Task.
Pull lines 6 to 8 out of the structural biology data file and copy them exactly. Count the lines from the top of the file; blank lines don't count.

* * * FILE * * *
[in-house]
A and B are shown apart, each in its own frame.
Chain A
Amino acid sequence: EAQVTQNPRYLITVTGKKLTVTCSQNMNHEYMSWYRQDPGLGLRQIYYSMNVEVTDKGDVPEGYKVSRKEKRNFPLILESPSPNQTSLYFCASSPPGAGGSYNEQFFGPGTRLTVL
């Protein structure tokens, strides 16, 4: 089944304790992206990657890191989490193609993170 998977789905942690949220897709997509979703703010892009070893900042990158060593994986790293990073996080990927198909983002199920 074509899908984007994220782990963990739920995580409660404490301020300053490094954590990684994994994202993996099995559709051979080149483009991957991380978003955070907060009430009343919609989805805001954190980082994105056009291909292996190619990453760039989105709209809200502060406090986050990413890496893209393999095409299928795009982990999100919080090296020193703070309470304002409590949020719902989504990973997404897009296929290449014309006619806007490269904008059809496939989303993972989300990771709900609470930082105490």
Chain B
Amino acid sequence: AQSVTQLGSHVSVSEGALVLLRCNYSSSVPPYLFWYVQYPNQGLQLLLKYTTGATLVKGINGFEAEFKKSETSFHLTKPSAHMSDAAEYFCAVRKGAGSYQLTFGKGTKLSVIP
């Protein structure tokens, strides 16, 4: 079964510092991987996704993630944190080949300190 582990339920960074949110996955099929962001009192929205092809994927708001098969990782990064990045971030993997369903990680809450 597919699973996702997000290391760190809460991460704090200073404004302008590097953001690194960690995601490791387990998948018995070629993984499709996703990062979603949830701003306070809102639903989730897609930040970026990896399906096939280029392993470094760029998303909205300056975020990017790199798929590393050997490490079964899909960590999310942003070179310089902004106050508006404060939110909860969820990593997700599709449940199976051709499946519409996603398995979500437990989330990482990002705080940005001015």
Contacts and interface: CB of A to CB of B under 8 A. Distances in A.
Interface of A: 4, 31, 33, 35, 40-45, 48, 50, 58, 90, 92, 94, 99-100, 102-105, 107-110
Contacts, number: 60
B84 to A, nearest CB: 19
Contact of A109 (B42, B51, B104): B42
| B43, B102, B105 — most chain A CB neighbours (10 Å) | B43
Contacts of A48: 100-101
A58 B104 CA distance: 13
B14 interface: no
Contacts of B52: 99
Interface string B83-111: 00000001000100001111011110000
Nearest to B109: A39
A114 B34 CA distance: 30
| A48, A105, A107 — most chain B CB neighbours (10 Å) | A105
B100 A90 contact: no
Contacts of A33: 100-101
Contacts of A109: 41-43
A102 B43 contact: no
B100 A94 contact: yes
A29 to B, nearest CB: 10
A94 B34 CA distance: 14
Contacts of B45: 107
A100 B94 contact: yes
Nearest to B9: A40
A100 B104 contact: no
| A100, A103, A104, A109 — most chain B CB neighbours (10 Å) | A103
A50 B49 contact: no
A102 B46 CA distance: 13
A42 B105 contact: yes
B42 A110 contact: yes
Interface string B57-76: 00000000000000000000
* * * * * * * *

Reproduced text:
Chain B
Amino acid sequence: AQSVTQLGSHVSVSEGALVLLRCNYSSSVPPYLFWYVQYPNQGLQLLLKYTTGATLVKGINGFEAEFKKSETSFHLTKPSAHMSDAAEYFCAVRKGAGSYQLTFGKGTKLSVIP
């Protein structure tokens, strides 16, 4: 079964510092991987996704993630944190080949300190 582990339920960074949110996955099929962001009192929205092809994927708001098969990782990064990045971030993997369903990680809450 597919699973996702997000290391760190809460991460704090200073404004302008590097953001690194960690995601490791387990998948018995070629993984499709996703990062979603949830701003306070809102639903989730897609930040970026990896399906096939280029392993470094760029998303909205300056975020990017790199798929590393050997490490079964899909960590999310942003070179310089902004106050508006404060939110909860969820990593997700599709449940199976051709499946519409996603398995979500437990989330990482990002705080940005001015």